- Monitor absence rates and patterns e.g. short-term intermittent, long-term
- Have a clear policy
- Consider setting a target for reduction in absence rates
- Use return to work interviews and certification
- Early intervention can be beneficial to both parties – review meeting +/- medical report
- Maintain regular contact during periods of absence
- Be flexible where possible with requests for time off
- Does the situation warrant disciplinary action or dismissal?
- Could this be a Disability? If so you may have to make a reasonable adjustment under the Equality Act 2010.
There is a common misconception that if someone has a disability, there is nothing you can legally do to manage their absence. This isn’t true – you only have to make a reasonable adjustment – but absence due to a disability does require very careful management, and you should always seek specific advice if disability might be a factor.You need to have a very good paper trail.
Company Sick Pay
Do you pay company sick pay in addition to statutory sick pay? Could this be encouraging some individuals to take more time off sick. Consider making company sick pay discretionary, but it is VITAL that you take legal advice before changing employee terms and conditions.
1. The Lost Time Rate
This may be calculated for an individual employee, department or whole practice, allowing comparisons to be made and problem areas highlighted.
Total absence (in hours or days) x 100 = Lost time rate as a percentage
Total possible (hours or days)
You can also calculate average number of periods of absence per worker:
Number of spells of absence x 100 = Frequency rate as a percentage
Number of workers
2. The Bradford Factor
The Bradford Factor (B) is used to ‘weight’ multiple, short-term absences, which may be seen as more disruptive to the practice.
It is calculated by multiplying the total number of days of sickness (D) by the square of the number of separate occasions on which an employee has been absent due to sickness (S).
B = S x S x D
There are published tables of ‘trigger point’ for Bradford – while we wouldn’t advocate following them, they can really highlight to an employee that the situation is potentially serious.
Typical suggestions are:
0-49 No action required
50-124 Potential Action – Verbal Warning
125-399 Potential Action – 1st Written Warning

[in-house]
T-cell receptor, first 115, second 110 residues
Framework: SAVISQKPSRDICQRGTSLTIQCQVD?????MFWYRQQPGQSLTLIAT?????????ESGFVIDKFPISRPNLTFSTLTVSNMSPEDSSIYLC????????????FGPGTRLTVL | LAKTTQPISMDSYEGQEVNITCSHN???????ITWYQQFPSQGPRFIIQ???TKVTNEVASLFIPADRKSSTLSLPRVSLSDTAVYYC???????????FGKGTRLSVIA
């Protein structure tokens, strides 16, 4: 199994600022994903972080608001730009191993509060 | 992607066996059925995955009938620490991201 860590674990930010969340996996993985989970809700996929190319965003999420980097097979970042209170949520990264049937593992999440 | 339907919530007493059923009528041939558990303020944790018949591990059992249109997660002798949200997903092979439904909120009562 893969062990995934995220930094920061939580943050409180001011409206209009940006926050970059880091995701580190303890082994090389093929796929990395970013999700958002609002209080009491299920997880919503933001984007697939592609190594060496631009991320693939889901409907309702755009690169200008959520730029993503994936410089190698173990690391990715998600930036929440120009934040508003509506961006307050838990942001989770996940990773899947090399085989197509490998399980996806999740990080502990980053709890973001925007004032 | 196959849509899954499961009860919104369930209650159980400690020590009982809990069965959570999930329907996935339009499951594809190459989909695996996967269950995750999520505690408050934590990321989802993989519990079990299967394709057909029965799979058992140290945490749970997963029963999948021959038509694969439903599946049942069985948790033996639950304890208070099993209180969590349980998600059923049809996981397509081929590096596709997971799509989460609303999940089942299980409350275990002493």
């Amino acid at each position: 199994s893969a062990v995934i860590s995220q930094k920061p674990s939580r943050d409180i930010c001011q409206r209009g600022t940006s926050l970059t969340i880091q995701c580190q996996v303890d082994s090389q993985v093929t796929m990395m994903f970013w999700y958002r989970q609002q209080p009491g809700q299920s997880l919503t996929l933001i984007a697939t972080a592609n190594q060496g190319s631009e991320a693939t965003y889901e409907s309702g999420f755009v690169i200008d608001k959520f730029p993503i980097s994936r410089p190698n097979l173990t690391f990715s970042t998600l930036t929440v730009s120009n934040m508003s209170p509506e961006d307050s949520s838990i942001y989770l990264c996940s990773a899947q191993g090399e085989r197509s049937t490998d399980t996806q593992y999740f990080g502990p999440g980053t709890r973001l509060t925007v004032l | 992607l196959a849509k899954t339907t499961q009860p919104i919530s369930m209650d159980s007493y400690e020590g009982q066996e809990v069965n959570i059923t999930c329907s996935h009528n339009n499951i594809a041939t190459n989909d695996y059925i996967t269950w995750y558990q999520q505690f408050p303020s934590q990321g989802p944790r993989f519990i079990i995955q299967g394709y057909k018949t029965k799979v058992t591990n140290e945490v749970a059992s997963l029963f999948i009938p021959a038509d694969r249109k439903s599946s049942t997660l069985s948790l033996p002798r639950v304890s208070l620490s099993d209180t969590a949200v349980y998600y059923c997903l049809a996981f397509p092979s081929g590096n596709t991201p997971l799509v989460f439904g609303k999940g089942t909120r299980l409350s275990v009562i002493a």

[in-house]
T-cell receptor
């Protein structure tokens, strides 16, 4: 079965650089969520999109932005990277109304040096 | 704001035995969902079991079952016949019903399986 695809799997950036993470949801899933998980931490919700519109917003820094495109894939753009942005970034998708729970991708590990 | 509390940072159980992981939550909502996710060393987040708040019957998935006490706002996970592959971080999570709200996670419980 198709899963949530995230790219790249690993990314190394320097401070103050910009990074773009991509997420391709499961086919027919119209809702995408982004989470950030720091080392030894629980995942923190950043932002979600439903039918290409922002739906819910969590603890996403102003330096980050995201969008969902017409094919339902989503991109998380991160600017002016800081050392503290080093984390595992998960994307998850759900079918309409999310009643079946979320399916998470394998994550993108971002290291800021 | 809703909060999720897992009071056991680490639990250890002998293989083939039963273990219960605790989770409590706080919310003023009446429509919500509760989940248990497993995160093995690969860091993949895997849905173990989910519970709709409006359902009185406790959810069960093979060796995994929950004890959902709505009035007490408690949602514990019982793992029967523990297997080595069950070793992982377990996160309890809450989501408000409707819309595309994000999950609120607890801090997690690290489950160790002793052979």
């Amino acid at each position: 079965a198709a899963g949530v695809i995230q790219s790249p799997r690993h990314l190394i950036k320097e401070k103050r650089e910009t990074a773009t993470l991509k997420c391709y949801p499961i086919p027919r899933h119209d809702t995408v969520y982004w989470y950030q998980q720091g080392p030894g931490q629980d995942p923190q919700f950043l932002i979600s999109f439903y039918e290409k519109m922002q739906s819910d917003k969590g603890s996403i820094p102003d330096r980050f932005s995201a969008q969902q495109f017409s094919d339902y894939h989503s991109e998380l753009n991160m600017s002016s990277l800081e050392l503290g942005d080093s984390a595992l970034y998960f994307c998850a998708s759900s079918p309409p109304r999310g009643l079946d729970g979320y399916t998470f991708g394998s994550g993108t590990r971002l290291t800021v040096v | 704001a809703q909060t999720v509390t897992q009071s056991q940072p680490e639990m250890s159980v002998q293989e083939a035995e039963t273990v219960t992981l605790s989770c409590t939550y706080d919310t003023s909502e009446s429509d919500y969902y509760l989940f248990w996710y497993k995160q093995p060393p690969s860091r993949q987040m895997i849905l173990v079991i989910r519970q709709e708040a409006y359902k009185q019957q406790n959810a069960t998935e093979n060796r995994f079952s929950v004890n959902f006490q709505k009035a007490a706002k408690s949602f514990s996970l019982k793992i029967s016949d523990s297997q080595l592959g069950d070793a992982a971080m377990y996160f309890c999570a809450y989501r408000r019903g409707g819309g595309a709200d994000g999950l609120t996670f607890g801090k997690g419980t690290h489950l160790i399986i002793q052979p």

400-649 Potential Action – Final Written Warning
650+ Potential Action – Termination of Contract
Certification & Return to Work
A Fit Note is required after 7days of sickness absence (Including non-working days).
If a Fit Note says ‘not fit for work’, this is straightforward (usually!)
If it says ‘may be fit for work’ you should discuss with the employee any changes which might facilitate a return to work. if you can’t agree on suitable adjustments, they should be treated as ‘not fit for work’.
The employee should keep the fit note – take a copy for your records.
We recommend that anyone who has been absent for less than 7 days because of sickness should complete a self-certification form on their return.
Return to Work Interview
Consistent use of return to work interviews (RTWI) has been shown to reduce absence. Try to conduct a RTWI after each absence, as soon as practicable after the employee comes back to work.
As well as being a deterrent to abuse of sickness absence, the interview is an opportunity to discuss any issues which are impacting on the employee’s ability to carry out their duties effectively.
Remember the purposes of the RTWI :
- establish or confirm the reason for the absence
- welcome the employee back and check that they are well enough to return to work
- discuss the details of any agreed return to work plan (this should have been agreed in principle before the return to work)
- update the employee about anything they may have missed while away
- consider whether they may have a disability under the Equality Act 2010
- establish whether their sickness is work-related; consider any health & safety issues arising
Approaching the interview with an open mind and a friendly manner may encourage employees to reveal details, such as if they are being bullied at work or have issues because they are, for example, a carer outside of work.
Before the interview:
- review the employee’s records, particularly absence
- consider the implications of any return to work plan
- plan your questions (open questions are best where possible); try to establish how the employee feels
- consider your response if the employee requests a change of working pattern or phased return
- consider whether you feel a medical report is required – in general, we would recommend seeking medical advice sooner rather than later.
Based on your preparation and the interview, you may need to warn the employee about possible disciplinary action due to their absence record, or to discuss a target for improvement to prevent the need for disciplinary action – don’t feel rushed into this at the time of the interview – take time to consider if necessary and arrange another meeting.
Each case needs to be considered individually. Be very aware of the possibility of disability.
This information has been produced as general guidance only, and is not a substitute for specific legal advice on any given situation.
Eight Legal Ltd. Premiere Service provides Contracts, Employee Handbook, and comprehensive policies and template letters, along with unlimited email and telephone advice. The advice is practical and business-focused, to keep your practice running smoothly. Contact us on 01242 570161, email [email protected].